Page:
--- Am. Tribal Law ----, 2018 WL 7149968 (Navajo)
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Supreme Court of the Navajo Nation.
Corporation of the President of the Church of Jesus Christ of Latter-Day Saints, a Utah Corporation; LDS Family Services, a Utah Corporation, Petitioners,
Window Rock District Court, Respondent;
And Concerning;
BN, an individual, Real Party in Interest.
No. SC-CV-42-18
Dated this day of December 28, 2018.
An original action for writ of prohibition against the Window Rock District Court concerning Cause No. WR-CV-42-16, the Honorable Carol Perry, presiding.

Attorneys and Law Firms
Thomas Lynn Isaacson, Gallup, New Mexico, for the Petitioners; Jordan Hale, Window Rock, Navajo Nation, for Respondent; and David R. Jordan, Gallup, New Mexico for the Real Party in Interest.
Before JAYNE, J., Chief Justice, SHIRLEY, E., Associate Justice, and PLATERO, W., Associate Justice by Designation.


Opinion delivered by Jayne, Chief Justice.

This original action seeks to prevent the Window Rock District Court from hearing the matter arising from a children’s program. This Court issued an alternative writ pending a hearing and, after the hearing, declined to make this writ permanent.



BN, the Real Party in Interest (“RPI”), initiated the action by filing a complaint on May 31, 2016, with the Window Rock District Court. The complaint against the Corporation of the President of the Church of Jesus Christ of Latter-Day Saints, a Utah Corporation; and LDS Family Services, a Utah Corporation (“Petitioners”) alleged eight causes of action: 1) childhood sexual abuse; 2) assault and battery; 3) negligence; 4) negligent supervision/failure to warn; 5) intentional infliction of emotional distress; 6) equitable relief; 7) common law nuisance and request for injunctive relief; and 8) violations of Navajo Common law.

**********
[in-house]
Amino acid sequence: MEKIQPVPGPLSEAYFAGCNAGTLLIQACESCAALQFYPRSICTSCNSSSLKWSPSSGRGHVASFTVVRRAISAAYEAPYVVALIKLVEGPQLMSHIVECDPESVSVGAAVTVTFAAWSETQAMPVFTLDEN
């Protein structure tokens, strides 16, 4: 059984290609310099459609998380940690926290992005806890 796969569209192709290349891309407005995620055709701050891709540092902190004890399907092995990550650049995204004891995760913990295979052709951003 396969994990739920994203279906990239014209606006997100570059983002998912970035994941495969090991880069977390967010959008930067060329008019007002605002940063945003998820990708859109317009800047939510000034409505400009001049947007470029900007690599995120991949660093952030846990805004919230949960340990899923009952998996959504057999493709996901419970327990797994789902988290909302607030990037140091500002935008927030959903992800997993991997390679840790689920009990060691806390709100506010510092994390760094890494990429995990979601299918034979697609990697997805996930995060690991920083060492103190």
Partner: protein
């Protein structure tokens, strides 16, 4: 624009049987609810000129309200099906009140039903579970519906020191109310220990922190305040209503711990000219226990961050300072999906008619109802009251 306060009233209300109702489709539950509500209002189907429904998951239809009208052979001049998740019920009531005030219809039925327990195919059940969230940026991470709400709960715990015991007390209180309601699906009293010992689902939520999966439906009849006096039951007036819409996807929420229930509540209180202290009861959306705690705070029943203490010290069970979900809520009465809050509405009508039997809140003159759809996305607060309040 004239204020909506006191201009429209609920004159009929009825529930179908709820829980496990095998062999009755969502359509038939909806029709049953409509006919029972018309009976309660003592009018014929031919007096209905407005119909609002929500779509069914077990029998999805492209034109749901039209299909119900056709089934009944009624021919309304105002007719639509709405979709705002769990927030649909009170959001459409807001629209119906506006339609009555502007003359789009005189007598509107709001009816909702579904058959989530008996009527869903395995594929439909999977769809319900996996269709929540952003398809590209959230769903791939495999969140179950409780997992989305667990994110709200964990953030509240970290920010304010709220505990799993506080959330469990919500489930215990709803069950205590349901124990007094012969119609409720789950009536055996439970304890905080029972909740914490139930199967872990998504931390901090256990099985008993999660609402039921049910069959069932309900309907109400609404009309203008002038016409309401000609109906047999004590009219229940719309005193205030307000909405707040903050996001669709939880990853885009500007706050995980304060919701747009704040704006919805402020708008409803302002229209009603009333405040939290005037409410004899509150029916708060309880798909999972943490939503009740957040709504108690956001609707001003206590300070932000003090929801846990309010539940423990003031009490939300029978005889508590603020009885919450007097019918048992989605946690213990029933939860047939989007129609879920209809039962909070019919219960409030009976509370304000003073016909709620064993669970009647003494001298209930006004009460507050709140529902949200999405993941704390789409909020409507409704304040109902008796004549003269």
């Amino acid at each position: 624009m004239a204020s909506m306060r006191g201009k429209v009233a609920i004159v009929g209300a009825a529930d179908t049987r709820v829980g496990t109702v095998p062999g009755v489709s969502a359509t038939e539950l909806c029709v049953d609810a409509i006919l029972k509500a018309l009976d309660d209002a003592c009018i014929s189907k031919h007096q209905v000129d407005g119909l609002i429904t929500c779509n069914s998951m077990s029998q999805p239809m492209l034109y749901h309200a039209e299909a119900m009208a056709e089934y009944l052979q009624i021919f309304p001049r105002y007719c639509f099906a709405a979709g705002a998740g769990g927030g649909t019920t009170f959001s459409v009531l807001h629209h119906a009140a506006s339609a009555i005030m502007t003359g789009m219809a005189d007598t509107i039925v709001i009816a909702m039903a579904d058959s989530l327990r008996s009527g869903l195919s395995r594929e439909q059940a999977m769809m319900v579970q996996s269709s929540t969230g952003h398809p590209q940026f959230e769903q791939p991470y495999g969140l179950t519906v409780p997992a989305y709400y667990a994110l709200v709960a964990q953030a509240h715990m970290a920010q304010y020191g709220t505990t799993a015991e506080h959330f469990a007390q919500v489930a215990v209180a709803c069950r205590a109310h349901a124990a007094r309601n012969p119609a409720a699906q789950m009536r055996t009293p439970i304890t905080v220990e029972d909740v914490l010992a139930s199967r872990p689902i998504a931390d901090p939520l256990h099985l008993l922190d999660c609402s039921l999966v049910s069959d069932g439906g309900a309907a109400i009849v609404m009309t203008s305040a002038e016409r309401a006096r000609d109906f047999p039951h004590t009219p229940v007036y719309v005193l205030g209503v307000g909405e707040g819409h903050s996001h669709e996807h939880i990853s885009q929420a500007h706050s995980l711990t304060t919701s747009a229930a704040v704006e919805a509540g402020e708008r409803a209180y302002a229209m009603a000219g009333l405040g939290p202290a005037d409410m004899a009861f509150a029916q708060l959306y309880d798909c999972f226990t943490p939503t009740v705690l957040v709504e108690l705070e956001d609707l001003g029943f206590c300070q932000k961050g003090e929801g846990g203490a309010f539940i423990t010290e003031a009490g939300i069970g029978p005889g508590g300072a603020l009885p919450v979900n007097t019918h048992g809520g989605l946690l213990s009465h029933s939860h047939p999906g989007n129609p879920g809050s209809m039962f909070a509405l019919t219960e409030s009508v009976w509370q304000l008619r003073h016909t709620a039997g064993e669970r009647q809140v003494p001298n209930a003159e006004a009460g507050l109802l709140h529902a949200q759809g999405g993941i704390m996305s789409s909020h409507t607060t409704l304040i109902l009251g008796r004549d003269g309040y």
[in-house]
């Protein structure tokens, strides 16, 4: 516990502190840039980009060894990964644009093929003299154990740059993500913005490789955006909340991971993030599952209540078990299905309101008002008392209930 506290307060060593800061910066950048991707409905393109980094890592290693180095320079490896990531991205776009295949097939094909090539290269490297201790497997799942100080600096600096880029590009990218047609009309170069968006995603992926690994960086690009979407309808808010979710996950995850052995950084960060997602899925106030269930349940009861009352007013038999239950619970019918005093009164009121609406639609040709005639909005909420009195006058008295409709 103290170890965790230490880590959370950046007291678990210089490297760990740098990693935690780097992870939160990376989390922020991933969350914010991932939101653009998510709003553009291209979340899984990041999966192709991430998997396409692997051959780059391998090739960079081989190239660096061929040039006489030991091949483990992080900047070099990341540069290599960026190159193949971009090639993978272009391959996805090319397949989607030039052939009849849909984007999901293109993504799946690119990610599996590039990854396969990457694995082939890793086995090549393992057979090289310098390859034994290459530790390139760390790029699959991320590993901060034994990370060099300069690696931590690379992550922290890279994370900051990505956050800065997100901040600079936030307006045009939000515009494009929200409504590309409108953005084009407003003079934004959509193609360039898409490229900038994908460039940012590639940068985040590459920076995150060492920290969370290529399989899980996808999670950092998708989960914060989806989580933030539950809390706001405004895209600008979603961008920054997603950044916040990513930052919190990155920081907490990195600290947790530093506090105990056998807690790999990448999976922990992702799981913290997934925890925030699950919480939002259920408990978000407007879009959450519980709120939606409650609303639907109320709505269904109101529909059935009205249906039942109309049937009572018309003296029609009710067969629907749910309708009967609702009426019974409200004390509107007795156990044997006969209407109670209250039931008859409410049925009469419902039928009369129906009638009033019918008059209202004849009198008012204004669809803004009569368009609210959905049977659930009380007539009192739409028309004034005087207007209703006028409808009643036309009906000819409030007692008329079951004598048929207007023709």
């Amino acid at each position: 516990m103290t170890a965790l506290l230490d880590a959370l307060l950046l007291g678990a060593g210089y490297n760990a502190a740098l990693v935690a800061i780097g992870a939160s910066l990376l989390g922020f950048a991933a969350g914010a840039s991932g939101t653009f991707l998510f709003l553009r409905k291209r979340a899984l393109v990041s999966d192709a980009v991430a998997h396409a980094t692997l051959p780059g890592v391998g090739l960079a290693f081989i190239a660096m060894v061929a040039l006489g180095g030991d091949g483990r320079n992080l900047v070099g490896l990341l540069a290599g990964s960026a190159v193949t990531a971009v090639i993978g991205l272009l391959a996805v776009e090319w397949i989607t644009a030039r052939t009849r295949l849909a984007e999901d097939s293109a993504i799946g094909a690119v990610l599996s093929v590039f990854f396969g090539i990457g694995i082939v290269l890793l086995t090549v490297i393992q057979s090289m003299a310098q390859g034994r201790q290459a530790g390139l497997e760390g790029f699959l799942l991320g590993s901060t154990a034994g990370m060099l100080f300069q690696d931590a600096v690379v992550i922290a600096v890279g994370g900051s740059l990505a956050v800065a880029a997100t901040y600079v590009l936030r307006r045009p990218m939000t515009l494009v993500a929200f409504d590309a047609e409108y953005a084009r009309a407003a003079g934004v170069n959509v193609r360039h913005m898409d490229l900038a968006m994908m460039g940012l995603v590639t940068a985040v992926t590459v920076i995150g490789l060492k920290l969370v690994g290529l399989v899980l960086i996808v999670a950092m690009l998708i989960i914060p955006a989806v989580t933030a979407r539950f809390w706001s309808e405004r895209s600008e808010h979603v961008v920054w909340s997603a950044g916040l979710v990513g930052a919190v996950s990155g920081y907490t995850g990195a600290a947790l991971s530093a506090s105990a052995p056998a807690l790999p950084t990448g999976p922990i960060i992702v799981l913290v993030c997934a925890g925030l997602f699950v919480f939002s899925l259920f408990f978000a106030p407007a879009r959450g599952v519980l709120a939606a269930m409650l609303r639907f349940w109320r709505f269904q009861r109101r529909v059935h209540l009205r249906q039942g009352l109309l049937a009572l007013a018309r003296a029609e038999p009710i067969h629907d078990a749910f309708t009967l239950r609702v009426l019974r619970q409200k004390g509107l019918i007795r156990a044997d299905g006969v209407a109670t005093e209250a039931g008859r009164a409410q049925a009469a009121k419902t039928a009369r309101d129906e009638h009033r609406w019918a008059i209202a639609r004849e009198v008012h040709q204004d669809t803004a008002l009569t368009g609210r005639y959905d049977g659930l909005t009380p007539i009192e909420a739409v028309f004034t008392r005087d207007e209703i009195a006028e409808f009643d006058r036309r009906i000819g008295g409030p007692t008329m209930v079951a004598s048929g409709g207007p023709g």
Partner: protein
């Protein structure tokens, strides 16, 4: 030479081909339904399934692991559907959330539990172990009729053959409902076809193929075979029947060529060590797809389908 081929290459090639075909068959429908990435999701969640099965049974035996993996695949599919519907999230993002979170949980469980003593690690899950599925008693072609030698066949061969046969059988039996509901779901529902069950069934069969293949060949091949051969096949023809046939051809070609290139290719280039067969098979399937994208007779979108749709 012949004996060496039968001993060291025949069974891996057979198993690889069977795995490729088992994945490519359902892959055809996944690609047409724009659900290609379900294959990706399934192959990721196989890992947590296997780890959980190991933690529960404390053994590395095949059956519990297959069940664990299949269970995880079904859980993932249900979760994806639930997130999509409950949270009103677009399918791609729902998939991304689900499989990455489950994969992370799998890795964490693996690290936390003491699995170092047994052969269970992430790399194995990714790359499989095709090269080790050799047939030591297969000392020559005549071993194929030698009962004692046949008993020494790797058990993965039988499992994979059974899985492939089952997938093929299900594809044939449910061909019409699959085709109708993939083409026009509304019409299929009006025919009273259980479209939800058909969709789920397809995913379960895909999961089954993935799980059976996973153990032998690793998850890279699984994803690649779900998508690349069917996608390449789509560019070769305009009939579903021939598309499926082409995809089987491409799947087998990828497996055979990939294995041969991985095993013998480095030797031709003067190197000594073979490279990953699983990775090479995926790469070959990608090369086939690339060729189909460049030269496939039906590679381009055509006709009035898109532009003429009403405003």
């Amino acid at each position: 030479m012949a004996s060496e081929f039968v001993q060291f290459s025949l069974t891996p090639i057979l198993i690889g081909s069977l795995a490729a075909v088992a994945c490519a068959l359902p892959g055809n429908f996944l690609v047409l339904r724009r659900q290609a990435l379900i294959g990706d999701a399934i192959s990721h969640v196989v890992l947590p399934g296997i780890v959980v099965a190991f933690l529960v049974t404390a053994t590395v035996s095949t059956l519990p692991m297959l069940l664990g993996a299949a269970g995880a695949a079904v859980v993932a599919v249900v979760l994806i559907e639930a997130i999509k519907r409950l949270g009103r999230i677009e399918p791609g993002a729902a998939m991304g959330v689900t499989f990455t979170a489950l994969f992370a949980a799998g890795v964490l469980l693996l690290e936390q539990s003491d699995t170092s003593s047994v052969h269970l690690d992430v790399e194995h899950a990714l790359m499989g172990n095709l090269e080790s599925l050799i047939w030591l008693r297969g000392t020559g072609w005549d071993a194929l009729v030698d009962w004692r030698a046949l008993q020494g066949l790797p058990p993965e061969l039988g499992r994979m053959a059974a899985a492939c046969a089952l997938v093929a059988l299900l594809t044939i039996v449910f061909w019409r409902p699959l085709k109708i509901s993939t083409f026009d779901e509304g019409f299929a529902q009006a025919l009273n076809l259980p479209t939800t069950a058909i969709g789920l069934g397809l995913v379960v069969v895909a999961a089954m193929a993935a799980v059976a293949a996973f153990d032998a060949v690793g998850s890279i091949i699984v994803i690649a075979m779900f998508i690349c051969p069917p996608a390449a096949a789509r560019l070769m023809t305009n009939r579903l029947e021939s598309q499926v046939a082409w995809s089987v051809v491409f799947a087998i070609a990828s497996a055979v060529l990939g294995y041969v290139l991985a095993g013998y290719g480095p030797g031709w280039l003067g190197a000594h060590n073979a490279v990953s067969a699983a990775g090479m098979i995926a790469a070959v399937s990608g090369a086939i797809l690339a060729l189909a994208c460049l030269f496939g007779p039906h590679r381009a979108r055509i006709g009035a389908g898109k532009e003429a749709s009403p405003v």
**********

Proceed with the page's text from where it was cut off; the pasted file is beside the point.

The Petitioners filed a competing action seeking an injunction in the United States District Court for the District of Utah, Central Division. The District Court in Utah declined to issue the injunction citing among other things, the failure of the Petitioners to exhaust tribal remedies and that at this stage in litigation the complaint must be taken as true. Memorandum Decision and Order 2:16-cv-00453-RJS, November 11, 2016.

When the competing action failed, the Petitioners filed a motion to dismiss for lack of jurisdiction under Rule 12(b)(1) of the Navajo Rules of Civil Procedure with the Window Rock District Court. The RPI filed a response. In turn, the Petitioners filed a reply. A hearing on the motion to dismiss was held on April 9, 2018. The Window Rock District Court issued an order denying the Petitioners’ Motion to Dismiss on May 25, 2018.

This Petition for Writ of Prohibition was filed by the Petitioners on September 25, 2018. This Court issued an alternative writ and set a hearing for December 7, 2018.

Counsel for the Petitioners was listed on all pleadings, but a second attorney, not licensed in this jurisdiction, was listed on the petition as “pro hac vice forthcoming.” At the hearing, counsel for the Petitioners attempted to have a non-member attorney argue before the Court. There was no filing entering a formal appearance for the Petitioners’ pro hac vice attorney. This Court did not recognize the non-admitted attorney to present at the hearing. No oral motion was made to this Court, and Petitioners’ counsel of record presented argument.